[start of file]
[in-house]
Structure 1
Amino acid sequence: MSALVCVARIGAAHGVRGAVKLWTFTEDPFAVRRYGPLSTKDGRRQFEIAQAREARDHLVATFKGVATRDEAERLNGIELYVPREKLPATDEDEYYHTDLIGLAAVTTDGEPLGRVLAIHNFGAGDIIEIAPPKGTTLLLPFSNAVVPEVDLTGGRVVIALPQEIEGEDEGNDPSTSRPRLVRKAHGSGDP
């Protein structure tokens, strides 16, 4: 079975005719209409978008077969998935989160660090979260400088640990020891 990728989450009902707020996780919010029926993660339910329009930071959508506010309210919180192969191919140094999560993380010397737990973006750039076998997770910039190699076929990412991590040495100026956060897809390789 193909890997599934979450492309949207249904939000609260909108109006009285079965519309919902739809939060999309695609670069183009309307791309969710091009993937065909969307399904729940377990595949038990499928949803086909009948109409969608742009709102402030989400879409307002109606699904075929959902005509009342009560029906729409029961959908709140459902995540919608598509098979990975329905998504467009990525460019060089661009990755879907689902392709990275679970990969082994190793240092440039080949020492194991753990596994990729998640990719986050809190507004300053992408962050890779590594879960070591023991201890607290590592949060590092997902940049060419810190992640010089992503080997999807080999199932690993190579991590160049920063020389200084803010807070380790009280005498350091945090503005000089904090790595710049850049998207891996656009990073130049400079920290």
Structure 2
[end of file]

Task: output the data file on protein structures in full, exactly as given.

[in-house]
Structure 1
Amino acid sequence: MSALVCVARIGAAHGVRGAVKLWTFTEDPFAVRRYGPLSTKDGRRQFEIAQAREARDHLVATFKGVATRDEAERLNGIELYVPREKLPATDEDEYYHTDLIGLAAVTTDGEPLGRVLAIHNFGAGDIIEIAPPKGTTLLLPFSNAVVPEVDLTGGRVVIALPQEIEGEDEGNDPSTSRPRLVRKAHGSGDP
């Protein structure tokens, strides 16, 4: 079975005719209409978008077969998935989160660090979260400088640990020891 990728989450009902707020996780919010029926993660339910329009930071959508506010309210919180192969191919140094999560993380010397737990973006750039076998997770910039190699076929990412991590040495100026956060897809390789 193909890997599934979450492309949207249904939000609260909108109006009285079965519309919902739809939060999309695609670069183009309307791309969710091009993937065909969307399904729940377990595949038990499928949803086909009948109409969608742009709102402030989400879409307002109606699904075929959902005509009342009560029906729409029961959908709140459902995540919608598509098979990975329905998504467009990525460019060089661009990755879907689902392709990275679970990969082994190793240092440039080949020492194991753990596994990729998640990719986050809190507004300053992408962050890779590594879960070591023991201890607290590592949060590092997902940049060419810190992640010089992503080997999807080999199932690993190579991590160049920063020389200084803010807070380790009280005498350091945090503005000089904090790595710049850049998207891996656009990073130049400079920290």
Structure 2